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Home News 'Blatant cheating happens every year at All-India meets' — swimmers have video...

‘Blatant cheating happens every year at All-India meets’ — swimmers have video proof!


An Indian swimmer, on Saturday, took to Twitter to vent his ire over the ‘blatant cheating’ that was going on at the 2019 All-India Inter-University Swimming (AIIU) meet being held at Lovely Professional University (LPU) on the outskirts of Jalandhar, Punjab.

The 29-year-old swimmer, who has represented India at the Commonwealth Games as well as the Asian Games, posted a video clip on the social media platform as evidence to the misdoing that was unfolding in front of his eyes. He further added and pledged to the newly-appointed Sports Minister Kiren Rijiju and wrote:

Such blatant cheating happening at All-India Inter University Swimming Meet 2019. This happens every year. Requesting Hon’ble Sports Minister Kiren Rijiju to take swift action to prevent such incidents from discouraging other athletes at college level.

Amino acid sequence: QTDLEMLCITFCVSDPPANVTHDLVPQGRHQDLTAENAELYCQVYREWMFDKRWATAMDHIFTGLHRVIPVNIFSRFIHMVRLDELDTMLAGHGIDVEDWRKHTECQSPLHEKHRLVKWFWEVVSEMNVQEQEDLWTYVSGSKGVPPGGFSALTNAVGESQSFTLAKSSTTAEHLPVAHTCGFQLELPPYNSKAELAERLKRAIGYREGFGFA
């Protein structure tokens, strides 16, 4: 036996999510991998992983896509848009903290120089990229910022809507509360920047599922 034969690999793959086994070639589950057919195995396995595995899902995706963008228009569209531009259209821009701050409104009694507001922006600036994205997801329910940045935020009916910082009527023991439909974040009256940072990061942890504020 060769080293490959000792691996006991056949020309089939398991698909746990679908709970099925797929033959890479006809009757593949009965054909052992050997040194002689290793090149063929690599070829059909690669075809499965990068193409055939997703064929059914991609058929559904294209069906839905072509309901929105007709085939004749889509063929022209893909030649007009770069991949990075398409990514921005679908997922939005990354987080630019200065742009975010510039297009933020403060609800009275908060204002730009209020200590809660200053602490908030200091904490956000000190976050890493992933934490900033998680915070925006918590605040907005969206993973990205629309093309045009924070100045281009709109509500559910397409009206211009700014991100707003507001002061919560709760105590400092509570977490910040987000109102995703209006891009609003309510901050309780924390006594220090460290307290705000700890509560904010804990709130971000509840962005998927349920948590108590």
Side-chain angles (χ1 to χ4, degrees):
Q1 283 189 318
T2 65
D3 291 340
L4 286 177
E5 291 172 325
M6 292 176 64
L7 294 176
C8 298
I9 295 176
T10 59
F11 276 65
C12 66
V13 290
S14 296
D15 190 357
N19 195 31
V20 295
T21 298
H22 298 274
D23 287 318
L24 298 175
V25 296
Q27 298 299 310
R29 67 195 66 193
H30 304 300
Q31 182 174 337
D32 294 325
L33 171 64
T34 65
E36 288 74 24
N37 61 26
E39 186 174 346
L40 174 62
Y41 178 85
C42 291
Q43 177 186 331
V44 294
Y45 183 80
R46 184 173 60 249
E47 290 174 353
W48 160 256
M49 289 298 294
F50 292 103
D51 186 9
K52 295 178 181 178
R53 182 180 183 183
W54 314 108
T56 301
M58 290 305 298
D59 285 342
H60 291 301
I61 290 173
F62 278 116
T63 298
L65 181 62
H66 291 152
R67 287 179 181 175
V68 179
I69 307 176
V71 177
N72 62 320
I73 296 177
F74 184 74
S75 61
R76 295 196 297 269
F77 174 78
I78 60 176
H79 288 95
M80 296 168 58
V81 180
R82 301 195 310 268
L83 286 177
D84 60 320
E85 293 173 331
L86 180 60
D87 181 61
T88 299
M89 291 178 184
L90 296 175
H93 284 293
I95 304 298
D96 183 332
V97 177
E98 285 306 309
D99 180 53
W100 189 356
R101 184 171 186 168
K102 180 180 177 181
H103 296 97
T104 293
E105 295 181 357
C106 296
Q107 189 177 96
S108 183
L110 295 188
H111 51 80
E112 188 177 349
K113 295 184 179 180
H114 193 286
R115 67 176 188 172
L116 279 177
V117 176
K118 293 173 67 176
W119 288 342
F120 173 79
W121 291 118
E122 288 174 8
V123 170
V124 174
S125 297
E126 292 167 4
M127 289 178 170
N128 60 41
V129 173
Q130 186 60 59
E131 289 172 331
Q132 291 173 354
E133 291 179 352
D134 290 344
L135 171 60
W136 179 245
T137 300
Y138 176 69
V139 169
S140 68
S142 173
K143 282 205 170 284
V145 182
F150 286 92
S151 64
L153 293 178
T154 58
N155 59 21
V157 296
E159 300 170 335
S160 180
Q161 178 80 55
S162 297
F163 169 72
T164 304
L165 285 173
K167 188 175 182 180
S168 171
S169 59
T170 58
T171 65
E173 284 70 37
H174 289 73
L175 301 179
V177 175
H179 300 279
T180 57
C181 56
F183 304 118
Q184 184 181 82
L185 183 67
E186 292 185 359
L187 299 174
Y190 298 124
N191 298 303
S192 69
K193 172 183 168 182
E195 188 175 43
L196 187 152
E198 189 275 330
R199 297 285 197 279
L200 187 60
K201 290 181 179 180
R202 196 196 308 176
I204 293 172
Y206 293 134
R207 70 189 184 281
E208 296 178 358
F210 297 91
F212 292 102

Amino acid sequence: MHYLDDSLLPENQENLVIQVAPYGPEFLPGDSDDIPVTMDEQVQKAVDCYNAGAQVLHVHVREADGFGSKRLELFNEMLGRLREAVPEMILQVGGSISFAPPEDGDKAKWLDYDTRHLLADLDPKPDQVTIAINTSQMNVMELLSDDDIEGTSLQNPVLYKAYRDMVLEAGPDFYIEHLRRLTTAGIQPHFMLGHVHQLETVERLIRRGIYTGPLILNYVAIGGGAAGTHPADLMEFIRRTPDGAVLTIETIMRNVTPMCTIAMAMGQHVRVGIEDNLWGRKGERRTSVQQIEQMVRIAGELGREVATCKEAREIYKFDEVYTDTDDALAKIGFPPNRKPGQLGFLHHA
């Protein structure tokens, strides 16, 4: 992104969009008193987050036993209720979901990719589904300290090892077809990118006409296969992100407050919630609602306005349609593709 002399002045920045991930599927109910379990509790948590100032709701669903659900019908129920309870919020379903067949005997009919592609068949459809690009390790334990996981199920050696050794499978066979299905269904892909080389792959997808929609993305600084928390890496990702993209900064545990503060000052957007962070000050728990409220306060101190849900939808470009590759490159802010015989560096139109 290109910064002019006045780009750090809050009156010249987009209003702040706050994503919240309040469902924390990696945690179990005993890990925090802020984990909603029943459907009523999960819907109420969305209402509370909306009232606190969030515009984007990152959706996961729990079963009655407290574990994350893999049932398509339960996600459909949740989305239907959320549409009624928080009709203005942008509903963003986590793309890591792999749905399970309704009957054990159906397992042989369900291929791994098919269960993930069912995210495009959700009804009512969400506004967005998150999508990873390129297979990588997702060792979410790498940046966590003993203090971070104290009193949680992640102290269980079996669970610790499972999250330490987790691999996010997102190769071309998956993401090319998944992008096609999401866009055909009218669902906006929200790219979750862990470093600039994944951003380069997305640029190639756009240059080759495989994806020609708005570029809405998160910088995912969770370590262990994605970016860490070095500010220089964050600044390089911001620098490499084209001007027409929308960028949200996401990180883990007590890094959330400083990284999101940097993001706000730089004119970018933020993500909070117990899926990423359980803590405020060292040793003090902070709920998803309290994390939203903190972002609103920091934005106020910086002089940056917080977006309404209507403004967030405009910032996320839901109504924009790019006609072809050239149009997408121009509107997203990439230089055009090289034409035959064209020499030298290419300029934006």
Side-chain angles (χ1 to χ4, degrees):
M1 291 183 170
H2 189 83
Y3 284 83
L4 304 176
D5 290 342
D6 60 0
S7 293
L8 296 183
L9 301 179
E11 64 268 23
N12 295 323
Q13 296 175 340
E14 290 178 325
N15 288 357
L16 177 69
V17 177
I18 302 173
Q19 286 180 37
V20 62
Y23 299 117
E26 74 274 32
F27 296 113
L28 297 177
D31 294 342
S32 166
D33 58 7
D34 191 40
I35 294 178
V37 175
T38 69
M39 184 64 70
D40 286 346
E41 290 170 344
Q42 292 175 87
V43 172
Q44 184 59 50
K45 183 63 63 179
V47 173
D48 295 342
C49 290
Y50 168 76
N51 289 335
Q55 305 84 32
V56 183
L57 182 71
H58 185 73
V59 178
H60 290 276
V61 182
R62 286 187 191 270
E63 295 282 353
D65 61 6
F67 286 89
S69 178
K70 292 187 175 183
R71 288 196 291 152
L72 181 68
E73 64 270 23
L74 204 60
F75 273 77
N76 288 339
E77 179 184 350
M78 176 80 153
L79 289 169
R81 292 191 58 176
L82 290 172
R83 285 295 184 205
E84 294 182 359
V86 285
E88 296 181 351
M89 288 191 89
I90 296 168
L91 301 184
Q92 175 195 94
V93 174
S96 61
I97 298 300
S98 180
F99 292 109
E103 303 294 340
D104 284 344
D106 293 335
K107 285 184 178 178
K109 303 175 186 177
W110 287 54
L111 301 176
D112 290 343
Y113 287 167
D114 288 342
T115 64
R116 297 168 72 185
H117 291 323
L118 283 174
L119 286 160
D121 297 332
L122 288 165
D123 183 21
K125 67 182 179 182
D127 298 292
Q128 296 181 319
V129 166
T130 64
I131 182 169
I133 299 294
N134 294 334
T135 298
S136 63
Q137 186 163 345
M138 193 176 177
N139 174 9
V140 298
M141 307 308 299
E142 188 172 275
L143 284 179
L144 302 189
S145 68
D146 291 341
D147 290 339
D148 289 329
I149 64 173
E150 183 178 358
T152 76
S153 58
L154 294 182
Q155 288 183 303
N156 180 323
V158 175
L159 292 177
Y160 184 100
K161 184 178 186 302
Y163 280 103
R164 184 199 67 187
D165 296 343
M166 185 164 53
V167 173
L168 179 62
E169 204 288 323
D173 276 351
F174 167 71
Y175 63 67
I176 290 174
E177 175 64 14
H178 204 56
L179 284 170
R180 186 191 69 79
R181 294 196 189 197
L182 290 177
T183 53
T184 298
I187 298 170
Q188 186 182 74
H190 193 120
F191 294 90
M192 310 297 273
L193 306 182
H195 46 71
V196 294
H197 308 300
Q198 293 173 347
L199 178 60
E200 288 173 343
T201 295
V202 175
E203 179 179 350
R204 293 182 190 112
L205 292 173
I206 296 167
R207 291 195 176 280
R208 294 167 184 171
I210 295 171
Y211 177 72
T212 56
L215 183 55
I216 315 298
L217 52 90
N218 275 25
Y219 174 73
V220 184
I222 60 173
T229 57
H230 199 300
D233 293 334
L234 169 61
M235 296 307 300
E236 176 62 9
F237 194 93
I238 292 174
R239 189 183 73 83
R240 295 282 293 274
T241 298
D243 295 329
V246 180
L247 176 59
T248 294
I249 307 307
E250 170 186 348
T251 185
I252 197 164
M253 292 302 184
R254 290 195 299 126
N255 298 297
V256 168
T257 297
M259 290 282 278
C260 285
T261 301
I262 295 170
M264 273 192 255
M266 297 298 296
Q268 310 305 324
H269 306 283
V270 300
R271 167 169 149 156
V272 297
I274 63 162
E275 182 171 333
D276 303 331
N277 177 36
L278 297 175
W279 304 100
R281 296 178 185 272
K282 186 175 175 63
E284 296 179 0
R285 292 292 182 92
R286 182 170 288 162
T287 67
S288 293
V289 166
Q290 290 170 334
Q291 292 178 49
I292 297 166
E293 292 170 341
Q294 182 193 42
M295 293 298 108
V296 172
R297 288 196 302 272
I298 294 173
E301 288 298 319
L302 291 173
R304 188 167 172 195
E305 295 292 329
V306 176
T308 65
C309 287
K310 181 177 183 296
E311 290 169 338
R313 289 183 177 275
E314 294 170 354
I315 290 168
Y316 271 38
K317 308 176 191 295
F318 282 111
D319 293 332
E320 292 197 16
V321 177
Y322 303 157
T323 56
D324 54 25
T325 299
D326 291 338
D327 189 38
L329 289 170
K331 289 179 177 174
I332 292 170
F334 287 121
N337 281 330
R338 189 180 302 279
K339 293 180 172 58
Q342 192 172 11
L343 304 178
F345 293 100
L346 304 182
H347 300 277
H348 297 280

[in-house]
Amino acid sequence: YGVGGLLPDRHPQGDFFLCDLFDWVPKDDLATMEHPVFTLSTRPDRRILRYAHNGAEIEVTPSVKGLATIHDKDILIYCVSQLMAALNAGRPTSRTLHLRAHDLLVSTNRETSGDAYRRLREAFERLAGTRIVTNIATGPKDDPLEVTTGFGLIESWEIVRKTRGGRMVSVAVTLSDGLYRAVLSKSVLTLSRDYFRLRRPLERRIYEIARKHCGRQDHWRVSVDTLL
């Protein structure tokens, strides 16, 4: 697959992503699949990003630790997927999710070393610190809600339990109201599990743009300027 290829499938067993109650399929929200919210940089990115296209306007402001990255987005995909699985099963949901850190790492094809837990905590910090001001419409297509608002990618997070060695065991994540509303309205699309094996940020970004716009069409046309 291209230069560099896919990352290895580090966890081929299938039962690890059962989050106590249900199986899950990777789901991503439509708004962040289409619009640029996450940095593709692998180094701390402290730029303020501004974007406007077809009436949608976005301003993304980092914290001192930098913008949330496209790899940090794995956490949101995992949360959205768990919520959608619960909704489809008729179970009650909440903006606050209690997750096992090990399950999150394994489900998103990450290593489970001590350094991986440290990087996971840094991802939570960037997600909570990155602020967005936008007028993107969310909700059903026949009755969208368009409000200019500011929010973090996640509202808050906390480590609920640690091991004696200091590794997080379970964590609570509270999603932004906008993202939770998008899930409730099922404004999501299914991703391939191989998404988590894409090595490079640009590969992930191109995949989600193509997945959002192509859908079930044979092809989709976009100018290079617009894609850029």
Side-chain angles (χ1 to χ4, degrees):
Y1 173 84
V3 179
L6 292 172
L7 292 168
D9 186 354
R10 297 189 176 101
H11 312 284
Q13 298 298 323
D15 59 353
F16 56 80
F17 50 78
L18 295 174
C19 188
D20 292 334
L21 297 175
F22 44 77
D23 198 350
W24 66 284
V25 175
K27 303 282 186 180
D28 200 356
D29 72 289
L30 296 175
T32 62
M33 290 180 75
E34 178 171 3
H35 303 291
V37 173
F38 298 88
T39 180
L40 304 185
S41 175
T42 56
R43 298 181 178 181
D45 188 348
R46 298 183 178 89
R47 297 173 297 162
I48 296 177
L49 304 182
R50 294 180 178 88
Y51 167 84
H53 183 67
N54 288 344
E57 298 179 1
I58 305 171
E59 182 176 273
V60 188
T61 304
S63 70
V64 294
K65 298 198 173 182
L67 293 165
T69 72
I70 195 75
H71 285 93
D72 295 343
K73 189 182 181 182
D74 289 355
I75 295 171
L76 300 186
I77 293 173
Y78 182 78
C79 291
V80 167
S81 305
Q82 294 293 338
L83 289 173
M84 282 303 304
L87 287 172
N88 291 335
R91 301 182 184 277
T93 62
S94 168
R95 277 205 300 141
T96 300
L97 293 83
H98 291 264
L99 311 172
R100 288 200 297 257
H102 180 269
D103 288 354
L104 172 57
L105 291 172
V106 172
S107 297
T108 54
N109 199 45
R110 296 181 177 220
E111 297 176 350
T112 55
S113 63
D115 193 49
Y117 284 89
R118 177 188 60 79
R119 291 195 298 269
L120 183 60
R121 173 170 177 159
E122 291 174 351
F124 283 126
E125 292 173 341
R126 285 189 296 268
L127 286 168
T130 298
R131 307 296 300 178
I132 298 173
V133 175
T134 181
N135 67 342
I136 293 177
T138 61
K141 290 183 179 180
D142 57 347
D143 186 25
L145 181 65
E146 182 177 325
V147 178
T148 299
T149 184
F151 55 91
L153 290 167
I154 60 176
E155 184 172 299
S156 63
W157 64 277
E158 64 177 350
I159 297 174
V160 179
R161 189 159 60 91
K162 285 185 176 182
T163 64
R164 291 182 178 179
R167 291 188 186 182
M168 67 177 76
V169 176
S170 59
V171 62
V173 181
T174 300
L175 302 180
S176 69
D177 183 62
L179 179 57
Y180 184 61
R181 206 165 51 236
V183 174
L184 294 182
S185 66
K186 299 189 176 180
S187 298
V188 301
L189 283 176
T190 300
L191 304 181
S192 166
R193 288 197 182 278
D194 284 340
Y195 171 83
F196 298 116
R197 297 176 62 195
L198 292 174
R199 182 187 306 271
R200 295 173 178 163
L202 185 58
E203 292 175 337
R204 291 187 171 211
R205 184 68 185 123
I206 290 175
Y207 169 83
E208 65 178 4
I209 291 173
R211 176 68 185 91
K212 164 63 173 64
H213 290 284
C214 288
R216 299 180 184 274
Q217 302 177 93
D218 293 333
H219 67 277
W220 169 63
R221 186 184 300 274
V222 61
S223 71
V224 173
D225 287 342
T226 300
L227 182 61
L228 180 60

Watch the video here:

Indian swimmer S.P. Likith, who achieved the ‘B’ qualifying standard for the 2019 FINA World Championships in the men’s 100m breaststroke a few months back, also tweeted a video alleging the AIIU officials of supporting early starts and false time recording on several instances.

Also read: Despite representing India, I am still asked “Naukri Kab Karega” | By Anshul Kothari

The two videos clearly depict one of the swimmers taking a headstart, diving into the pool even before the whistle was blown. And according to the swimmer who spoke about it on Twitter, this was not the first incident. Many such instances have happened over the years in the state and national level meets.

If indeed the accusations are true, then it comes as a shocking revelation. Swimming, as a sport, offers the maximum number of medals at any multi-sport event, be it the Olympics or the Asian Games or the Commonwealth Games. As of now, it is a big enough achievement for Indian swimmers to just qualify for the Olympics. If Kiren Rijiju wants to deliver on his promise of entering the top-10 in the Olympic medals tally by 2028, it is imperative that India have a couple of swimmers contending for a medal.

However, if, at the grassroots level, the meets are not organised fairly, if some swimmers are given an unfair advantage, it will hinder the process of identifying talent and moulding them to world-class competitors and eventually, come back to hurt India’s medal prospects.


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